A far-ranging collection of essays on gardening and life, meant solely to relieve this gardener’s daily frustrations and lamentations over gardening in general and particularly gardening in Kansas. Though I am an old gardener, I am but a young blogger (apologies to Thomas Jefferson).
I still linger in wonder, sometimes, that I have not only one but three magnolias growing in my Kansas garden. I associate magnolias so strongly with the true Southern United States, that I simply have trouble accepting these large leathery petals will survive on the Kansas prairie. If the cold doesn't kill them in the long run, surely the dryness and wind will. I wasn't much of a gardener at the time, but I don't recall them growing in the zone 5B area of my Indiana childhood, so I never expected them here. I was only experimenting when I first attempted Magnolia stellata 'Royal Star' here, pessimistically expecting only a wasted effort, but it is difficult to argue with success.
'Jane', on the prairie
They're all blooming now, all three of my magnolias, causing me to daydream of dinosaurs and foot-wide dragonflys, coal swamps and pterodactyls. Something about those large leathery tepals and the deep musky scent evokes a memory from deep in my brainstem, instincts and dreams from times past. This is one of the early flowers, the Dawn Flowers, as Earth's flora leaped into the sexual reproduction revolution and left the cycads and conifers behind. Magnolias, evolving before the appearance of bees, were forced to toughen up their carpels into these rigid toothy mounds so the heavy, ungraceful beetles of the time could facilitate pollen transfer. The glorious center organ of my young 'Jane', pictured above right and as a whole bush to the left, just seems to scream of warmth and dampness and sex, does it not?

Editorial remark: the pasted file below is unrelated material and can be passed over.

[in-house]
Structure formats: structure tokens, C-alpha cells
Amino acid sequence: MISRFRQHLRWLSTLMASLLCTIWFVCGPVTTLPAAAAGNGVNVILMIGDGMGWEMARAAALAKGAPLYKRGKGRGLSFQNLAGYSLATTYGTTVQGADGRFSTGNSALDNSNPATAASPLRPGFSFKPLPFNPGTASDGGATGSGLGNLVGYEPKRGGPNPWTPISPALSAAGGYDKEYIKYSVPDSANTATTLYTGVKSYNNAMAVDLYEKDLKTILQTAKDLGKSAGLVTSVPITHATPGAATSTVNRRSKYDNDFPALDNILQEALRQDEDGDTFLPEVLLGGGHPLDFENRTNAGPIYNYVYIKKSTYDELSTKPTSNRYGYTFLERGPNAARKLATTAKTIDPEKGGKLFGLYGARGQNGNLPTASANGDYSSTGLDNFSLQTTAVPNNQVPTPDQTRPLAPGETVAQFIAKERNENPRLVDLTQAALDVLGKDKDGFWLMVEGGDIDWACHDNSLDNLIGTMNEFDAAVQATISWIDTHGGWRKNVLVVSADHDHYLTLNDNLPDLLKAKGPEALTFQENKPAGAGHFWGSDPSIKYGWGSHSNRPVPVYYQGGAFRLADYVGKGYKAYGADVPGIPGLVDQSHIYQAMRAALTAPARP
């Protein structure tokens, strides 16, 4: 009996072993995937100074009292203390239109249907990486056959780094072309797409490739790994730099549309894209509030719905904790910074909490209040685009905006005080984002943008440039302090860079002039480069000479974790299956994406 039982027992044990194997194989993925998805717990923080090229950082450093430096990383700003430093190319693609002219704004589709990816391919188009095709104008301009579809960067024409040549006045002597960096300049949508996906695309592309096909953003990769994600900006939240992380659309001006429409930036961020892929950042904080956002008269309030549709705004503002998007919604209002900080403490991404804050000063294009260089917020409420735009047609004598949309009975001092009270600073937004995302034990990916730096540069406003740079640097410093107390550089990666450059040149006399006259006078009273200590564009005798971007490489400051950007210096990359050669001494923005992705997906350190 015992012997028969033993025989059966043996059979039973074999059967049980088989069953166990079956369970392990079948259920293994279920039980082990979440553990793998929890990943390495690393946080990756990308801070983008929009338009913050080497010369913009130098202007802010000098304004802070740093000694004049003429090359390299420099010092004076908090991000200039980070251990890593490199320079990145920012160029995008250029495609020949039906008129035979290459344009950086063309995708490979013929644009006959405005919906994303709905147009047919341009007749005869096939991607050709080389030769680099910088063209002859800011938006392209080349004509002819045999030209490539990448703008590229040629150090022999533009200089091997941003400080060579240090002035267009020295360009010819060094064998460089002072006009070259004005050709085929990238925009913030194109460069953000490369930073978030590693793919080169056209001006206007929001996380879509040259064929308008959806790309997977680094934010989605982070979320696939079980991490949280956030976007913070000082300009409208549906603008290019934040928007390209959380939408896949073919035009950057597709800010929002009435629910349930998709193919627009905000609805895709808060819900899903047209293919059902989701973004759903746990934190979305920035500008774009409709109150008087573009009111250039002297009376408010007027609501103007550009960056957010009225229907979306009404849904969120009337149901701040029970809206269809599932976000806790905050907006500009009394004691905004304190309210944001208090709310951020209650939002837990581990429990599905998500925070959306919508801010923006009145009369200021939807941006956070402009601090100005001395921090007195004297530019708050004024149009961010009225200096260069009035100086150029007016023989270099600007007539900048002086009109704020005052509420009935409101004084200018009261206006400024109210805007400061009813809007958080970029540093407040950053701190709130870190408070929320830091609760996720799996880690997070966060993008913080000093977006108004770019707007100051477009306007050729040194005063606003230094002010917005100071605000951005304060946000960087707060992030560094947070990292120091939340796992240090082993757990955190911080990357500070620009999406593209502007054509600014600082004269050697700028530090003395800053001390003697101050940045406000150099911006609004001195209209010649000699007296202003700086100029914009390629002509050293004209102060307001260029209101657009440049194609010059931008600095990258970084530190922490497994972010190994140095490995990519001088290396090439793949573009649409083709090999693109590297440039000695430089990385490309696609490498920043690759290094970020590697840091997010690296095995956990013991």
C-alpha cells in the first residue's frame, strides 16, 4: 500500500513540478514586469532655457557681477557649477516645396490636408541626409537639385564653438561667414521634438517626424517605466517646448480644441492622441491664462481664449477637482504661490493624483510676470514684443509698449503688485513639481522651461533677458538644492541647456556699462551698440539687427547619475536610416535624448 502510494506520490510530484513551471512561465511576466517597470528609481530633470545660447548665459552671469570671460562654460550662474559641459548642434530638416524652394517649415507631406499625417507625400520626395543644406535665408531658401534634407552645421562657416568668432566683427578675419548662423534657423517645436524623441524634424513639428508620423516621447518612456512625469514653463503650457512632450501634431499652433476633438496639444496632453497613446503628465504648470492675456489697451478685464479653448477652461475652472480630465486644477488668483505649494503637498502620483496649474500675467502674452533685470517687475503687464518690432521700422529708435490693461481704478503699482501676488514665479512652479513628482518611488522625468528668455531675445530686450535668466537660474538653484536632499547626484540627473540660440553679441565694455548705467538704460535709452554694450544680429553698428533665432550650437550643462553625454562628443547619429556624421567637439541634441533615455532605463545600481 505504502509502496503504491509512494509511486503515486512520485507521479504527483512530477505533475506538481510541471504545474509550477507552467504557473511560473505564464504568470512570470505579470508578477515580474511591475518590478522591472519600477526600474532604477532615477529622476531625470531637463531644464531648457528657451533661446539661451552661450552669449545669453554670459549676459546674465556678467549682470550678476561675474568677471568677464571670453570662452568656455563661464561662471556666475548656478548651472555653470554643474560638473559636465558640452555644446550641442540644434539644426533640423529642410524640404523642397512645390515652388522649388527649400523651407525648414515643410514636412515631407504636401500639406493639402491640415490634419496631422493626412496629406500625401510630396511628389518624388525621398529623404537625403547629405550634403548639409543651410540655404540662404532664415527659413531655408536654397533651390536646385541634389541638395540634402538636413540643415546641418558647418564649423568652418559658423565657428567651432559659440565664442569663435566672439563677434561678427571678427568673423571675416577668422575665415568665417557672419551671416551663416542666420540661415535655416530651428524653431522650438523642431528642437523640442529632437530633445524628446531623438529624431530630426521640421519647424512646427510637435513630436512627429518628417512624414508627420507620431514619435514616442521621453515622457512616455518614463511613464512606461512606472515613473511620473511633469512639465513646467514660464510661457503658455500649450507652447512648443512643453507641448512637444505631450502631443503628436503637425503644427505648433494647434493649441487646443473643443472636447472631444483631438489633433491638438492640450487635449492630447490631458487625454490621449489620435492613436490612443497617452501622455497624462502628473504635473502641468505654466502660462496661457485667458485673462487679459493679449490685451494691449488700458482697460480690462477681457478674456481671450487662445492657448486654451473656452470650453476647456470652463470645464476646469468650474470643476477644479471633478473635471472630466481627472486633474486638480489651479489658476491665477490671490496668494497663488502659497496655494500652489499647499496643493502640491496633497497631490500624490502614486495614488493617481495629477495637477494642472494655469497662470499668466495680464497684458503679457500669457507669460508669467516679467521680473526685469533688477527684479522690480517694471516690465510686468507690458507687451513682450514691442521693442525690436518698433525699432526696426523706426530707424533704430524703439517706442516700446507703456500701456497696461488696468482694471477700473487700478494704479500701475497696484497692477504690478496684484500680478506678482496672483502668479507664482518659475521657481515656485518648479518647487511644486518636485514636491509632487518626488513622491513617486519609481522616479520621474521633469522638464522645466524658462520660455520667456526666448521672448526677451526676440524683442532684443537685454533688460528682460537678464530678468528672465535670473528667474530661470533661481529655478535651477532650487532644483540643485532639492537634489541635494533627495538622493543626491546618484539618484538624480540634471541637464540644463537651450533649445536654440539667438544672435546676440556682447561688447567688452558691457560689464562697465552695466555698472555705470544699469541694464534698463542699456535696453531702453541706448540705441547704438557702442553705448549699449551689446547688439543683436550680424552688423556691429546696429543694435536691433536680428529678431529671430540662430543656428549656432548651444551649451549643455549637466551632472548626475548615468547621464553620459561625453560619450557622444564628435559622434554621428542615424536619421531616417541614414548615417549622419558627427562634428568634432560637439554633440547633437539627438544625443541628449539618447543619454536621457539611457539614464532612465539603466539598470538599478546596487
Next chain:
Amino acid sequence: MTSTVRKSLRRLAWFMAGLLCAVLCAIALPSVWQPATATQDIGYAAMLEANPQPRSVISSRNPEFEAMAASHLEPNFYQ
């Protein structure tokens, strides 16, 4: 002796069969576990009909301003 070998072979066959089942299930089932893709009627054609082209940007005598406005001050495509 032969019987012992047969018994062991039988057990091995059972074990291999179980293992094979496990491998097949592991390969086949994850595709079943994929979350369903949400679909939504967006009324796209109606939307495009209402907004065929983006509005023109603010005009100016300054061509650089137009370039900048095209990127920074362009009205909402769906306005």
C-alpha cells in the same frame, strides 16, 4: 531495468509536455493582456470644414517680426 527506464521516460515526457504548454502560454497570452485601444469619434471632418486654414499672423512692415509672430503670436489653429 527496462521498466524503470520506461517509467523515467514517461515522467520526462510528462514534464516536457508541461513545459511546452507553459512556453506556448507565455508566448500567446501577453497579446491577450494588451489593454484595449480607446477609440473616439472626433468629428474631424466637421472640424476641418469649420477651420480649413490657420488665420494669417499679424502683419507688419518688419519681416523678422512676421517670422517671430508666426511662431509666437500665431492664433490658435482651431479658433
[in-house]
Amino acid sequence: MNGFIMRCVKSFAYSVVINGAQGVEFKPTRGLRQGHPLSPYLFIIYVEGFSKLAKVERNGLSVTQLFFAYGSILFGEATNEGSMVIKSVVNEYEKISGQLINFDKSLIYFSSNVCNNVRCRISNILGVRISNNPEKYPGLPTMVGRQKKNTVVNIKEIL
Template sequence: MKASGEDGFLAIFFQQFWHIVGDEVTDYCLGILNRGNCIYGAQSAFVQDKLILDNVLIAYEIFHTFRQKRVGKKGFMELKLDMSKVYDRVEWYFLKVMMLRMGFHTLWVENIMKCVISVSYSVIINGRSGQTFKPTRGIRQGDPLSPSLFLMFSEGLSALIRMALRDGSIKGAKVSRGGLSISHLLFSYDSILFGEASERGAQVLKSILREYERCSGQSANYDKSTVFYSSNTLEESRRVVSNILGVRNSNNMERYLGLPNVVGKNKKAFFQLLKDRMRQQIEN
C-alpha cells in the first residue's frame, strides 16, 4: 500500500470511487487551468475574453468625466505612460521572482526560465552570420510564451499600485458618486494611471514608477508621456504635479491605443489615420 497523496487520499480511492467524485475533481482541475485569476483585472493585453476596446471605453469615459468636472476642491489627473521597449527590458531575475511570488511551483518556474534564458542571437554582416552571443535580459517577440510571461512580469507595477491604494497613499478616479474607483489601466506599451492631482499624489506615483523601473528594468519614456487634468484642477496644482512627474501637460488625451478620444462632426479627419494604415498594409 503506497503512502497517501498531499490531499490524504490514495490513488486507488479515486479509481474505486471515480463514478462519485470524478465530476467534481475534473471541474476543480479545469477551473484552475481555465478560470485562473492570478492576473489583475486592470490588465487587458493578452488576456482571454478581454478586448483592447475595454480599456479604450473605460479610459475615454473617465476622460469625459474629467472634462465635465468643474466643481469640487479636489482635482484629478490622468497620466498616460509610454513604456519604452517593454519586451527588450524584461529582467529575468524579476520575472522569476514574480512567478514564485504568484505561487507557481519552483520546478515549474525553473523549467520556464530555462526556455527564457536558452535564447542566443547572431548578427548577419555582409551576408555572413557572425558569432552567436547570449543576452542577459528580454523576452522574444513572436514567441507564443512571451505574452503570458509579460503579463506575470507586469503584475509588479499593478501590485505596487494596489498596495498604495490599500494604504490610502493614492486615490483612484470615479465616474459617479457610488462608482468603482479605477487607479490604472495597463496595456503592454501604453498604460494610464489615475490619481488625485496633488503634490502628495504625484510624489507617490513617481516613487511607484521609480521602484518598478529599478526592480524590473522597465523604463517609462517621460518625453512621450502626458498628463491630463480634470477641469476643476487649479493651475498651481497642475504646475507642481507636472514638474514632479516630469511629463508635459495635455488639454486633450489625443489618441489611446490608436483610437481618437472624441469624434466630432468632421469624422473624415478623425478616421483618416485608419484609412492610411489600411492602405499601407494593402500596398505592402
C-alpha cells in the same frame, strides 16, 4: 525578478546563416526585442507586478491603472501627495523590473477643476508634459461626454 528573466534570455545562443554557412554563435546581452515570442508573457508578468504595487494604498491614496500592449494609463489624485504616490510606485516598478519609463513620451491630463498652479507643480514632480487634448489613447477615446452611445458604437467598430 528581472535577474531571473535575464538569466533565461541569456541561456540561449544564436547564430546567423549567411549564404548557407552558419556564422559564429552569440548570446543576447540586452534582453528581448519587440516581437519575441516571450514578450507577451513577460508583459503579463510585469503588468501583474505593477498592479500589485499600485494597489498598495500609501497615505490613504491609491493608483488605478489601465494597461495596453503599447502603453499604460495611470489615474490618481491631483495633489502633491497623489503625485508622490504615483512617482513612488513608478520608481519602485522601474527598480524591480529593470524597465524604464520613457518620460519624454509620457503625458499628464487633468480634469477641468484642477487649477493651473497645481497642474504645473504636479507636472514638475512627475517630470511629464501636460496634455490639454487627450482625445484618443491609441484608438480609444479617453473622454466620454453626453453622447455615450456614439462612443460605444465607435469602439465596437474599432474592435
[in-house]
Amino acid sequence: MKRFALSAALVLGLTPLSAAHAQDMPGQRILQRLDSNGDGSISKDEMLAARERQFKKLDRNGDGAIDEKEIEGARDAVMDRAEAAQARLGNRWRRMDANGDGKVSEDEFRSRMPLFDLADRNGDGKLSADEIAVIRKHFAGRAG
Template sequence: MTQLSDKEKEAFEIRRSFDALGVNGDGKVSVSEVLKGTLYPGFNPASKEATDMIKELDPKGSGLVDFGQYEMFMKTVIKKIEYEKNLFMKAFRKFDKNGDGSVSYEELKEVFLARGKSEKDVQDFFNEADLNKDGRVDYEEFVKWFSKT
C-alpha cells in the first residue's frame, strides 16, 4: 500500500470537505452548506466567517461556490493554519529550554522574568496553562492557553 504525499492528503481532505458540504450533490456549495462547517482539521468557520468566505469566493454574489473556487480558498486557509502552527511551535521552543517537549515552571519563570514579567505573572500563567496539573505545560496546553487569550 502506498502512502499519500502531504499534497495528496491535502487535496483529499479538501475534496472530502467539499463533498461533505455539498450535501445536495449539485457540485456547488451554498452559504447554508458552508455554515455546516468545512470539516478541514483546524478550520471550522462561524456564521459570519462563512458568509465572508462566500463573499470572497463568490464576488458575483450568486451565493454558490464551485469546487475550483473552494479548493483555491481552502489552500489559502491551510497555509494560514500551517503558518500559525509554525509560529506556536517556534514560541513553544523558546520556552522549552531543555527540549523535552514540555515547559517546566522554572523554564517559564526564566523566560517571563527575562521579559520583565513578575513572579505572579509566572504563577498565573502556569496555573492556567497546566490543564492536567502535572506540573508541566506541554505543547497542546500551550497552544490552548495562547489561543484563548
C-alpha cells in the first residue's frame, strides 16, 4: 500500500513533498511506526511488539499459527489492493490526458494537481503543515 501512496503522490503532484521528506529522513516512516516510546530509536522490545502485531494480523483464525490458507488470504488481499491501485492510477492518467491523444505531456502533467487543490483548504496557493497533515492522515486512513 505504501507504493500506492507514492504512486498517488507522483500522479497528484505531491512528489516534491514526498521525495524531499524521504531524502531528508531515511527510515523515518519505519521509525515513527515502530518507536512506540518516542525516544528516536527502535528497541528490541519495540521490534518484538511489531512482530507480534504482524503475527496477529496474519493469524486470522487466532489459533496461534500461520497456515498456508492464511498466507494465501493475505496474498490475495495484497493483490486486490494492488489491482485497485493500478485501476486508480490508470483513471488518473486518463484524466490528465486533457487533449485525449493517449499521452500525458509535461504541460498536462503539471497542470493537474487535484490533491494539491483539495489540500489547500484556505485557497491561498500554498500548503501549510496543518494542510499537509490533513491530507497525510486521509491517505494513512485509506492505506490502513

Magnolia 'Yellow Bird'
Every year, I hold my breath until my Magnolias bloom, particularly until my baby 'Yellow Bird' (Magnoliaacuminata 'Yellow Bird') shows signs of life, always hoping against hope that this year will not be the one I'm taught a painful lesson about the dangers of zonal denial. Magnolias always burst into bloom naked, with no warning by accompanying leaves that life has begun again. This year again, 'Yellow Bird' became, for a short time, the focus of my garden, tiny though it is, even prompting Mrs. ProfessorRoush to ask me what the beautiful yellow shrub was in the back garden. I always know I've got a hit on my hands when it registers on the consciousness of my horticulturally unaware spouse. I personally thought the yellow hue was a little less bright this year than last, perhaps "washed out" by the extremely wet weather a few days before these buds opened, or perhaps less developed when the rapid onset of heat pushed these flowers into an early Spring. I was shocked to reread last year's post on the first bloom of 'Yellow Bird', dated April 18th, 2011, knowing all the while the tree has almost finished blooming this year at this end of March. Again, evidence of an extremely early Spring.
'Yellow Bird' at 2 years
Magnolia stellata 'Royal Star'
And, as always, Magnolia stellata 'Royal Star' was the anchor of the Spring season, opening a couple of weeks back with the first scented bloom of Spring. It always preempts the stage before the Witch Hazel here, before the tulips, almost before the daffodils. This year it bloomed only briefly but gloriously, showing the ground with fresh clean white tepals during the strong winds and rains a week past. Right now, unusually, some tardy buds are blooming again, making sure that this shrub makes its statement in my garden for another year. A last brief shout before the rapidly developing summer heat makes this Magnolia dream again of dinosaurs past.